The U.S. Court of Appeals for the Federal Circuit, citing public health efforts to mitigate the risks of COVID-19 transmission, ordered that an April hearing in the Uniloc v. Apple patent case be conducted by phone rather than in person and denied EFF’s request to allow the public to watch the proceeding by video.

EFF urged the court earlier this week to make public a video of the hearing, in which patent troll Uniloc will have to explain for the first time in open court why it should be allowed to seal from public view documents in the case explaining how it operates. Uniloc has sued hundreds of companies alleging patent infringement and has sought excessive, unjustified sealing of documents that keep the public, small businesses, and patent reform advocates in the dark about whether it actually owns the patents at issue.

We are gratified that the court responded quickly to our request, and respect the court’s decision to take safety precautions amid the COVID-19 outbreak.

We continue to believe that courts should honor the public’s right to access the work of the judiciary by livestreaming hearings on their websites—which many federal courts and almost all state supreme courts are already doing. Simple video technology enables courts to ensure that less-resourced individuals and businesses that face patent claims, not just highly-paid lawyers and their corporate clients, have access to facts and information revealed in court.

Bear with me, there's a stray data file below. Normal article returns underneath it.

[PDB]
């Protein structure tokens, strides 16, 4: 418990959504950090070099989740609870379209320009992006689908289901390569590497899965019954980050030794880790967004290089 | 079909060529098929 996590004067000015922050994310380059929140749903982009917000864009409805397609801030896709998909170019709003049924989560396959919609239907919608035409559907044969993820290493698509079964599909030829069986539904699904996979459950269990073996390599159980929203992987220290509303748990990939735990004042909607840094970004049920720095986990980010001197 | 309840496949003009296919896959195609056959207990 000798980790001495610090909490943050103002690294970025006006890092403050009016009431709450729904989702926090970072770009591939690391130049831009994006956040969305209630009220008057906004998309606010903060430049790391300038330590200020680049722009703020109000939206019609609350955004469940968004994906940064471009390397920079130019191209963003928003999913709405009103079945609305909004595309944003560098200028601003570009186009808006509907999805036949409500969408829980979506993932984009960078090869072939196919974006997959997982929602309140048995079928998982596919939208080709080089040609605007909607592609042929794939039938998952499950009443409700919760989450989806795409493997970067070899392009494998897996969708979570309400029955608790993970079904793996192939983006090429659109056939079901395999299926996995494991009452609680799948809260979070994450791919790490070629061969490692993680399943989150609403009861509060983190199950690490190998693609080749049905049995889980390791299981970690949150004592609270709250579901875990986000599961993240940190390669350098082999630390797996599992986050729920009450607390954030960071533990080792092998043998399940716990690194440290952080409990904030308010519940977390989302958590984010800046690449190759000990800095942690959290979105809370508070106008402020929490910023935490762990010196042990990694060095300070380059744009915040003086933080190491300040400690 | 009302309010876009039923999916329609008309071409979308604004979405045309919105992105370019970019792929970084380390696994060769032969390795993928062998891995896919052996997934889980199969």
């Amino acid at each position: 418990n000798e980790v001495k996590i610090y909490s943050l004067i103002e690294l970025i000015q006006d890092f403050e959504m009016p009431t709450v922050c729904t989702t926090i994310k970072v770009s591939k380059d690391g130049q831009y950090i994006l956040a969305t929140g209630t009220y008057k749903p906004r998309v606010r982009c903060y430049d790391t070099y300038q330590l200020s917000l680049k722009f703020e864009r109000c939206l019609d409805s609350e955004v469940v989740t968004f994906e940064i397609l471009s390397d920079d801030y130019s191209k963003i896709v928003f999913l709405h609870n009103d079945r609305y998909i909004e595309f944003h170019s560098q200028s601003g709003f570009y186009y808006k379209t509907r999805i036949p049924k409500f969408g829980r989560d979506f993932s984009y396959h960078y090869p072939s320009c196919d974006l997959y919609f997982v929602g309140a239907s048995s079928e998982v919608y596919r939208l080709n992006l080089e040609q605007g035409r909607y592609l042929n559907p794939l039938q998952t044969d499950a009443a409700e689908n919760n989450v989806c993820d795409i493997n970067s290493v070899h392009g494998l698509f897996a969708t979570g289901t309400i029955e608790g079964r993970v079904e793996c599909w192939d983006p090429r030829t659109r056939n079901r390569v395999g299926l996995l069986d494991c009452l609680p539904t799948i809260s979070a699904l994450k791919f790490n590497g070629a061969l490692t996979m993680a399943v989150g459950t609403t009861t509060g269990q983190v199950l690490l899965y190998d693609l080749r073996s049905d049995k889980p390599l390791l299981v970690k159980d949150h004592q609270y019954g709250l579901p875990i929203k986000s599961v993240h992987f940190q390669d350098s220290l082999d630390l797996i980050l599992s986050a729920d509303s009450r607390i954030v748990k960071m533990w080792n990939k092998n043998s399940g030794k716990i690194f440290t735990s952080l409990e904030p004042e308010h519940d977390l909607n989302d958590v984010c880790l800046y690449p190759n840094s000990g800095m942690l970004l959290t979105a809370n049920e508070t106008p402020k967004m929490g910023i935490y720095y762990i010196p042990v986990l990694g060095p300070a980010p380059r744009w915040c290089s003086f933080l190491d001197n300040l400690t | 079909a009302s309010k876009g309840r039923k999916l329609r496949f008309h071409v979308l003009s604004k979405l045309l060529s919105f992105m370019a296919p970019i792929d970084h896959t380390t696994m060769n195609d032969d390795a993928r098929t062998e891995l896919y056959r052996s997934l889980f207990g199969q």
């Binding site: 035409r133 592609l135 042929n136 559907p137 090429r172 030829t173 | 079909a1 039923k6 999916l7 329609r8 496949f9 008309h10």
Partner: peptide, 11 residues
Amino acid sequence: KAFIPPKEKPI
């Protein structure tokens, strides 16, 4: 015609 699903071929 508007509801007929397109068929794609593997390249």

These events also demonstrate the public benefits that come when courts make it a part of their general practice to use video technology to make appellate arguments accessible to the public. The U.S. Court of Appeals for the Ninth Circuit, which provides video access by default, has given attorneys the option of participating in upcoming oral arguments via video. That means the parties will still have the chance to participate fully in the hearing and the public the chance to access it fully. We hope that other courts will see the public benefits that come from maximizing the public’s access as a matter of course.


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